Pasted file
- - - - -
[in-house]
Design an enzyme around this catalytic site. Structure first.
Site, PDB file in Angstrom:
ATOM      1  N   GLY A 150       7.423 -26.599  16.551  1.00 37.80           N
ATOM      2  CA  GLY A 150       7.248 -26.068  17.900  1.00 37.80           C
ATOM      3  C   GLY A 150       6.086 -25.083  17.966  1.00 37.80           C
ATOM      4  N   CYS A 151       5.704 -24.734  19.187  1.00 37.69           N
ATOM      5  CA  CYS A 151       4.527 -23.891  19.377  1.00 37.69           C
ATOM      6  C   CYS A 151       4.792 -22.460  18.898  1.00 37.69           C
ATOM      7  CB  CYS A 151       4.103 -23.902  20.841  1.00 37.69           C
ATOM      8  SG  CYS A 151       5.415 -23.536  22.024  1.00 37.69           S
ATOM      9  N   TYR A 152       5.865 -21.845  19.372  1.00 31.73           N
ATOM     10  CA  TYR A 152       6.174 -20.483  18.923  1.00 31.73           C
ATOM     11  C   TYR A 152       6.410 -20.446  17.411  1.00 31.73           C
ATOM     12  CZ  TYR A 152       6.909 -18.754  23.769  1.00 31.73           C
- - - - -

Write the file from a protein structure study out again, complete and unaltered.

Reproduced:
[in-house]
Design an enzyme around this catalytic site. Structure first.
Site, PDB file in Angstrom:
ATOM      1  N   GLY A 150       7.423 -26.599  16.551  1.00 37.80           N
ATOM      2  CA  GLY A 150       7.248 -26.068  17.900  1.00 37.80           C
ATOM      3  C   GLY A 150       6.086 -25.083  17.966  1.00 37.80           C
ATOM      4  N   CYS A 151       5.704 -24.734  19.187  1.00 37.69           N
ATOM      5  CA  CYS A 151       4.527 -23.891  19.377  1.00 37.69           C
ATOM      6  C   CYS A 151       4.792 -22.460  18.898  1.00 37.69           C
ATOM      7  CB  CYS A 151       4.103 -23.902  20.841  1.00 37.69           C
ATOM      8  SG  CYS A 151       5.415 -23.536  22.024  1.00 37.69           S
ATOM      9  N   TYR A 152       5.865 -21.845  19.372  1.00 31.73           N
ATOM     10  CA  TYR A 152       6.174 -20.483  18.923  1.00 31.73           C
ATOM     11  C   TYR A 152       6.410 -20.446  17.411  1.00 31.73           C
ATOM     12  CZ  TYR A 152       6.909 -18.754  23.769  1.00 31.73           C